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Title: Breakfast and morning appetite in children and adolescents
Author: Buosi, William
ISNI:       0000 0004 6346 5104
Awarding Body: University of Aberdeen
Current Institution: University of Aberdeen
Date of Award: 2017
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Rising prevalence of child and adolescent obesity worldwide poses a threat to the future health and wellbeing of individuals. A better understanding of the mechanisms involved in the regulation of energy balance and therefore energy intake should help devise dietary strategies conducive to the maintenance of a healthy bodyweight during growth. Indeed, eating habits established during childhood are powerful determinants of future food preferences and choices in adulthood. Appetite for food and calorie-containing drinks is an important driver of energy intake and is modulated by a variety of environmental, psychological and metabolic factors. For instance, macronutrient manipulation and particularly increasing the protein content of meals at the expense of carbohydrates has been previously shown to reduce appetite in adults. Less research has been carried out in children due to methodological limitations. The first study described in this thesis sought to establish whether salivary sampling could be a non-invasive alternative to intra-venous blood sampling for the quantification of an appetite inducing peptide called ghrelin. Chapter 4 describes the dietary habits of a cohort of children (8-10 years old) and adolescents (13-17 years old) with a specific focus on sugar consumption and a comparison of key dietary characteristics with the Scottish Dietary Goals and with data from national dietary surveillance programmes. Subsequently, chapter 5 assesses the effect of protein content and portion size of dairy breakfast drinks in children and adolescents on appetite and caloric intake at an ad libitum snack buffet in a randomised crossover design study. Differences between age groups, nutritional status and genders were examined. Chapter 6 examines the correlations between performance at cognitive tests of executive function and ad libitum snack intake and chapter 7 presents new avenues of research into appetite in children and adolescents.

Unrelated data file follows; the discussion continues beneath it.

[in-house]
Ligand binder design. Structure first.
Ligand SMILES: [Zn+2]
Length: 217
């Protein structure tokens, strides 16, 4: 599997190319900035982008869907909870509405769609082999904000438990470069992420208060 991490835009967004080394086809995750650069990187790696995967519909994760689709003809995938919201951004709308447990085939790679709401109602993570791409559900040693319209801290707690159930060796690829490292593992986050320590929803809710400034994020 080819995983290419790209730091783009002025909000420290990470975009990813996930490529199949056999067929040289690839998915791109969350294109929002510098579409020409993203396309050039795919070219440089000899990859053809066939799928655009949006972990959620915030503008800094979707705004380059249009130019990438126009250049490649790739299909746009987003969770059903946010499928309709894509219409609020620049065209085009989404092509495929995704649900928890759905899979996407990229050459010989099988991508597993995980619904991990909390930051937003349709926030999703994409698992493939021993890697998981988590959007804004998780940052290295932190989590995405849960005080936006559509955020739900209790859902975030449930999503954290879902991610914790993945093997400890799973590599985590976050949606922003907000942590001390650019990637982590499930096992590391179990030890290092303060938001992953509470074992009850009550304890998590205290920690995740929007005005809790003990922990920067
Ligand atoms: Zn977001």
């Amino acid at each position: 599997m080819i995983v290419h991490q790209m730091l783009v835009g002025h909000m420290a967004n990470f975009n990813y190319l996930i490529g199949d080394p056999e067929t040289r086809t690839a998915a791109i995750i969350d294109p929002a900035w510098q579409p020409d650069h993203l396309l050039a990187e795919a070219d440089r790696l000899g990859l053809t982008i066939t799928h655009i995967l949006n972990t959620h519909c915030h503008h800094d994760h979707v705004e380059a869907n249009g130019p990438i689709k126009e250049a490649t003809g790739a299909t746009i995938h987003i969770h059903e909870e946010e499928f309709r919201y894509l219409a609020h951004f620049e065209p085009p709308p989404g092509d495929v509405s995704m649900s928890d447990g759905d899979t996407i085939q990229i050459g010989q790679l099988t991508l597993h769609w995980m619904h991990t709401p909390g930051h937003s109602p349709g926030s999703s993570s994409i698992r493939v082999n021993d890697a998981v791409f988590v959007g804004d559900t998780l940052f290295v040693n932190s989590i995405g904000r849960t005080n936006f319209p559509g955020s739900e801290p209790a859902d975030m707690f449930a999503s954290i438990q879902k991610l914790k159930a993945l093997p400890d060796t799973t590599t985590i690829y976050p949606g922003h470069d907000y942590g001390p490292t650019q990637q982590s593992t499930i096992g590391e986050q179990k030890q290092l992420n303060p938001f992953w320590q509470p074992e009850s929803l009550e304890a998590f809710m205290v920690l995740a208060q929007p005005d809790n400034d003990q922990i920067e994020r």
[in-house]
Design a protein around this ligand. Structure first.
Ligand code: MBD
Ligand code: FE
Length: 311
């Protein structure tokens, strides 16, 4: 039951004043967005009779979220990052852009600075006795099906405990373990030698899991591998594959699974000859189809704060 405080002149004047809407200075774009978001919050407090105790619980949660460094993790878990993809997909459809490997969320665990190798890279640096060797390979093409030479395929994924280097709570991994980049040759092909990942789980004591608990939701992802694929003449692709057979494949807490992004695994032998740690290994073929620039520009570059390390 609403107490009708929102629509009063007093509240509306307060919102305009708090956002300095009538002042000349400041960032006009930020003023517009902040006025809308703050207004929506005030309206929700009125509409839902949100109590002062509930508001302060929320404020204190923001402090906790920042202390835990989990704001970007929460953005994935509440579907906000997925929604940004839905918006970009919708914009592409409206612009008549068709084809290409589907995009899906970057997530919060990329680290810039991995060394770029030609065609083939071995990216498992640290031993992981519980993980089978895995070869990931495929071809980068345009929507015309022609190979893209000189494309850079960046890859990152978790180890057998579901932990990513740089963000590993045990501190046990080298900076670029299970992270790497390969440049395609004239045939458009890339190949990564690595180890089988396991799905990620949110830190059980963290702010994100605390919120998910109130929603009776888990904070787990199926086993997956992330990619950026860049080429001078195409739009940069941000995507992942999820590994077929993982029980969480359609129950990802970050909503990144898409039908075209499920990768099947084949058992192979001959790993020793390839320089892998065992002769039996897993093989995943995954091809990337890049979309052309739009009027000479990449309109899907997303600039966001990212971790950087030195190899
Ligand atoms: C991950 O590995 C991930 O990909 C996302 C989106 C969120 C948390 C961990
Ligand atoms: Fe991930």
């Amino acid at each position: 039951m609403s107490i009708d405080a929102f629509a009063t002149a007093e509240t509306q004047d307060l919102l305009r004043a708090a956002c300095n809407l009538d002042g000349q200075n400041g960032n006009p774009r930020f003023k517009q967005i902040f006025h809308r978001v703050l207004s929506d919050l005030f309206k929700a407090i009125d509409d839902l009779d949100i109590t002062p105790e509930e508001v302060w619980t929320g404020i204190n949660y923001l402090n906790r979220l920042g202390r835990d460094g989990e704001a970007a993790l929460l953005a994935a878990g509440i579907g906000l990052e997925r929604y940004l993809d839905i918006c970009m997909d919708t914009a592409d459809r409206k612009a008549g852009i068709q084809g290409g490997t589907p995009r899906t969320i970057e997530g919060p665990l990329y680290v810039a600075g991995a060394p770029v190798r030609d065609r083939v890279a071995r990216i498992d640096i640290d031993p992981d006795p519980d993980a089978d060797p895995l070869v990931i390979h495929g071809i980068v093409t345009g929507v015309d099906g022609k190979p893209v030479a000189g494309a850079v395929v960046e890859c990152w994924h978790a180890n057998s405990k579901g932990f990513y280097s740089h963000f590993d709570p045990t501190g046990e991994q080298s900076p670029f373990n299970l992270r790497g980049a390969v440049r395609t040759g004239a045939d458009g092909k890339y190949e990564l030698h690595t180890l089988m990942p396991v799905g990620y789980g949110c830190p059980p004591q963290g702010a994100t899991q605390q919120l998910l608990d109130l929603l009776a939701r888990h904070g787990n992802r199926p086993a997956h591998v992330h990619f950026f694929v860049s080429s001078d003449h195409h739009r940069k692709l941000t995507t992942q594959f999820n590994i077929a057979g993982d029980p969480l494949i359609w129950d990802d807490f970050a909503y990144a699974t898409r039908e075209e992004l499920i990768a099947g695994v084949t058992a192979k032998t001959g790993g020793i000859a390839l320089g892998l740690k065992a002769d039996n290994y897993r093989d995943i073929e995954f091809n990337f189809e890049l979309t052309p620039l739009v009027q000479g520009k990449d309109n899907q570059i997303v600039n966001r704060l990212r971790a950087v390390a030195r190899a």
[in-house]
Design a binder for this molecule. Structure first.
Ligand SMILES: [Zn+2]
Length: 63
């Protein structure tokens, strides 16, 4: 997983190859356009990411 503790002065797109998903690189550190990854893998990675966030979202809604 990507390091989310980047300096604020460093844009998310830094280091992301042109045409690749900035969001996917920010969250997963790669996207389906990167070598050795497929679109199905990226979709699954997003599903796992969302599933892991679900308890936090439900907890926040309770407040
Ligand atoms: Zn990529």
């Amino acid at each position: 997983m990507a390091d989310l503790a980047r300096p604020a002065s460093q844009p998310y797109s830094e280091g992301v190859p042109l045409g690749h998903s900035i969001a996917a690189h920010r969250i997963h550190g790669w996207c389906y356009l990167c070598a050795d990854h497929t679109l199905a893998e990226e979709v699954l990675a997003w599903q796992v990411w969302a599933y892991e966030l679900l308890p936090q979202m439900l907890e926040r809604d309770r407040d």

Supervisor: Not available Sponsor: European Union Seventh Framework Programme
Qualification Name: Thesis (Ph.D.) Qualification Level: Doctoral
EThOS ID:  DOI: Not available
Keywords: Appetite ; Breakfasts ; Children ; Young people